The constitution of a company limited by guarantee: the constitution document is known as "the memorandum and articles of association". It is in two parts - the memorandum of association and the articles of association. The memorandum of association explains: the type of organisation. Its main objects (all of which must be charitable if the guarantee company is to be recognised as a charity), which describe the maximum extent of the guarantee company's ambit. Its powers (to enable the objects to be carried out). Restrictions on money being paid out by the guarantee company to its members and trustees.
The personal guarantee given by each member (usually £1.00) upon liquidation. What is to happen to the surplus assets if the non-profit company comes to an end (which, if the guarantee company has been a charily, must be transferred to one or more other charities).
The articles of association explain: how membership can be applied and ended. Is to be recognised as a charity, which describe the maximum extent of the guarantee company's. How trustees are elected or appointed, their term of office and how they retire. The rules relating to board meetings and meetings of any committees. Any provisions relating to conflicts of interest. The appointment of the company secretary. Provisions relating to the finances and the annual accounts. Provisions relating to notices.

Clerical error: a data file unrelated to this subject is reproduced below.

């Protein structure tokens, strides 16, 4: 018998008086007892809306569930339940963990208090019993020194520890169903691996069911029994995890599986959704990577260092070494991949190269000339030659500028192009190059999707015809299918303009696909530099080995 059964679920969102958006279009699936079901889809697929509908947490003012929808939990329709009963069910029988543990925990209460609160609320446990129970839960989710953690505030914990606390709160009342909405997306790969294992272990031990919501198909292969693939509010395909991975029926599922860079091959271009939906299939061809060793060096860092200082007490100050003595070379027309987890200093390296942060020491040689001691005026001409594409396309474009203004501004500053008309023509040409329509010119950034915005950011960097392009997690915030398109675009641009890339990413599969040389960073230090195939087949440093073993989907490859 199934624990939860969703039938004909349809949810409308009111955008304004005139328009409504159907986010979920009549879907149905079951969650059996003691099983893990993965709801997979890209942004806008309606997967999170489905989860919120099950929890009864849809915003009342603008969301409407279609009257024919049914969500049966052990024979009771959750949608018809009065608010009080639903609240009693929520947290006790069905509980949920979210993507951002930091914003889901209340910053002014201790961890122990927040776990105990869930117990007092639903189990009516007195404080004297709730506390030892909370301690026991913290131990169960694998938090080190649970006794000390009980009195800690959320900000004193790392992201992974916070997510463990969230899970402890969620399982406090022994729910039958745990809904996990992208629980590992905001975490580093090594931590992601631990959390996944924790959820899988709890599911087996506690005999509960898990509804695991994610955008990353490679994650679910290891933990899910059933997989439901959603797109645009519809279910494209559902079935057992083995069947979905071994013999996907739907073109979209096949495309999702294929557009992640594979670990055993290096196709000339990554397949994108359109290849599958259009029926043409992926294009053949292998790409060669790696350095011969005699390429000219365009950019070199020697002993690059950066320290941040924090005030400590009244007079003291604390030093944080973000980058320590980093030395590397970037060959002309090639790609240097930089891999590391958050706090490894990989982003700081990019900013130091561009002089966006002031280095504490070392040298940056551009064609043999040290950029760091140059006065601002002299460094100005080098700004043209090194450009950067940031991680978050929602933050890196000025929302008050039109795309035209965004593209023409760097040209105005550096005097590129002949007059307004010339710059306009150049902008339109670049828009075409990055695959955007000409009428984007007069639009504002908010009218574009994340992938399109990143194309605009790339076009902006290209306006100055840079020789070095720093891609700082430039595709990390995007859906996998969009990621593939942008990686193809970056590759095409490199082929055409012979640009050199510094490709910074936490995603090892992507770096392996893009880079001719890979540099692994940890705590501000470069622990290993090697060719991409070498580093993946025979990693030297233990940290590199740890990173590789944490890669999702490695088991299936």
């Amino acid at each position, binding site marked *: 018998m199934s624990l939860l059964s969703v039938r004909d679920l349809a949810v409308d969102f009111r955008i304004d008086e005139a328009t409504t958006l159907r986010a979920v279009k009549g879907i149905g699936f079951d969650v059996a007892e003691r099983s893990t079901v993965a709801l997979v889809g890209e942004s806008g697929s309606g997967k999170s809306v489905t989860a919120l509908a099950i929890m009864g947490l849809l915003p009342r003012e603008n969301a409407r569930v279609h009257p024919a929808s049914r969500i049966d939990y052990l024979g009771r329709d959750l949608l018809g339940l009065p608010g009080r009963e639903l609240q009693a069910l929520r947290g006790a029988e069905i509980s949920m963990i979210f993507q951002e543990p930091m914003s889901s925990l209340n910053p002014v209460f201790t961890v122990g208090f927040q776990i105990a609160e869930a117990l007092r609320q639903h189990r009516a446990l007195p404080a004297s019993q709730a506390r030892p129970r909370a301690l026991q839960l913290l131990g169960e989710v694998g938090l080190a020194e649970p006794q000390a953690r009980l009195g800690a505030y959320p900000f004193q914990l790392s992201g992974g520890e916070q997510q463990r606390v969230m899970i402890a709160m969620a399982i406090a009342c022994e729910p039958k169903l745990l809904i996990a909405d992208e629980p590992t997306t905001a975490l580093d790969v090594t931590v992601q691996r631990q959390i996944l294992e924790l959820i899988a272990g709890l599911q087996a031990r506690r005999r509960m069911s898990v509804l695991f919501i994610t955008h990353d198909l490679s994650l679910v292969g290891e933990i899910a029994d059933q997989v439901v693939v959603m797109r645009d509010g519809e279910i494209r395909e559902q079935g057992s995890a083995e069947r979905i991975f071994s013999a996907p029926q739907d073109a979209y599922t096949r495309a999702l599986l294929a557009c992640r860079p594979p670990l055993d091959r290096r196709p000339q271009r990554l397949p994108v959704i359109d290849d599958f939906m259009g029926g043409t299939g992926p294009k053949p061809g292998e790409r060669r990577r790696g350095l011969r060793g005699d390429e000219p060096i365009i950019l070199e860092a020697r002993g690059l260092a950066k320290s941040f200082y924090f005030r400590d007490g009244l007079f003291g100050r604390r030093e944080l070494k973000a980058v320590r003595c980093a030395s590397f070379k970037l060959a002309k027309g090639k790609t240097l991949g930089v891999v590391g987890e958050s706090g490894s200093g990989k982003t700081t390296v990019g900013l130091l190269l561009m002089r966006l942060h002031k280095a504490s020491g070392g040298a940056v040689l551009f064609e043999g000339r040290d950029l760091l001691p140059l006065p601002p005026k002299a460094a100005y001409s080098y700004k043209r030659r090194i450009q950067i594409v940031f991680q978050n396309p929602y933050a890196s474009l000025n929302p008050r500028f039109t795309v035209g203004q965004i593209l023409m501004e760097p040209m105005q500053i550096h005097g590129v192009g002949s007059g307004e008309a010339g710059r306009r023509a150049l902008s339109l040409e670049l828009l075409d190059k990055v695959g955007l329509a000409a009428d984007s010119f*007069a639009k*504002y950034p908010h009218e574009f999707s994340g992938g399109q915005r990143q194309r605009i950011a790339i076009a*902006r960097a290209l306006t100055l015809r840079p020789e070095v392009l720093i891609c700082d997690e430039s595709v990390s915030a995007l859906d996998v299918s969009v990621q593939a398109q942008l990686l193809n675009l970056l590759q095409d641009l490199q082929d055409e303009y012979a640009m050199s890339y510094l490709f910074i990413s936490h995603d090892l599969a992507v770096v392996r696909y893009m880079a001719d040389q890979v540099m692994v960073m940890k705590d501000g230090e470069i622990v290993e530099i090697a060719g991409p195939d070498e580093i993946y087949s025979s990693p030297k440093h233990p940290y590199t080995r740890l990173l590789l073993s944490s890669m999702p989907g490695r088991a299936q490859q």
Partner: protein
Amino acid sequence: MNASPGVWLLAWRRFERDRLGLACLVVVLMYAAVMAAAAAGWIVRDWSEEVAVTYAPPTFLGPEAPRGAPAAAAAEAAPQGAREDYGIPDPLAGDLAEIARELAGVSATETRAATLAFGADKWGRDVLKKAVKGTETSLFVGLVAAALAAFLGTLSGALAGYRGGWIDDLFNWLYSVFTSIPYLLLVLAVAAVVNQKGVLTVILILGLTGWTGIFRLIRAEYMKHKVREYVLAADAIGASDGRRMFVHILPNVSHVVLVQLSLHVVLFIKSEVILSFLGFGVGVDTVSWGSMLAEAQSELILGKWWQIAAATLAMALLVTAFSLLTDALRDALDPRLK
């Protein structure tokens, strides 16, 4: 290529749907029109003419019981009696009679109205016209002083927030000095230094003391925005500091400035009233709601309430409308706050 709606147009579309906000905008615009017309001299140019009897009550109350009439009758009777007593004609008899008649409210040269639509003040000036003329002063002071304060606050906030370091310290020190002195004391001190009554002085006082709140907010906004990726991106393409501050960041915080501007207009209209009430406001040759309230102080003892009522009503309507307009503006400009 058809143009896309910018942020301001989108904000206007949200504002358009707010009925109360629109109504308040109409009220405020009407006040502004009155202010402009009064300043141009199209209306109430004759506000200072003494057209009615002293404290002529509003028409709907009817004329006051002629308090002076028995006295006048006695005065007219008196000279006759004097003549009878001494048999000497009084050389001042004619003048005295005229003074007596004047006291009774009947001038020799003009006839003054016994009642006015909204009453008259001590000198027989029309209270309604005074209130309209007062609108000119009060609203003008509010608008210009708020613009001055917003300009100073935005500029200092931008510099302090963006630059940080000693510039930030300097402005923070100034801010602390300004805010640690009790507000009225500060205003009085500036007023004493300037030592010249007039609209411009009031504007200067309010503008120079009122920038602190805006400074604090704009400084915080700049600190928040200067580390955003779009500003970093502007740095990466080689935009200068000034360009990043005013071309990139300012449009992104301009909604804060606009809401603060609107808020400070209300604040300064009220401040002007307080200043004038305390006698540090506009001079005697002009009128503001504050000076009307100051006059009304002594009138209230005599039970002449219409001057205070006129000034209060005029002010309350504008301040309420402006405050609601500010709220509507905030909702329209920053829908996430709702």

A number of issues will require to be considered by the promoters of the new organisation, which include: determining the objects which the new organisation intends to carry out. Particular care with the objects requires to be taken where charitable status is to be sought, as all of the objects must be charitable, not just some. If only some are charitable, consideration should be given to setting up a separate but wholly-owned subsidiary company to carry out the non-charitable trading - this is most appropriate where a guarantee company which is a charity owns all the shares in a trading subsidiary company.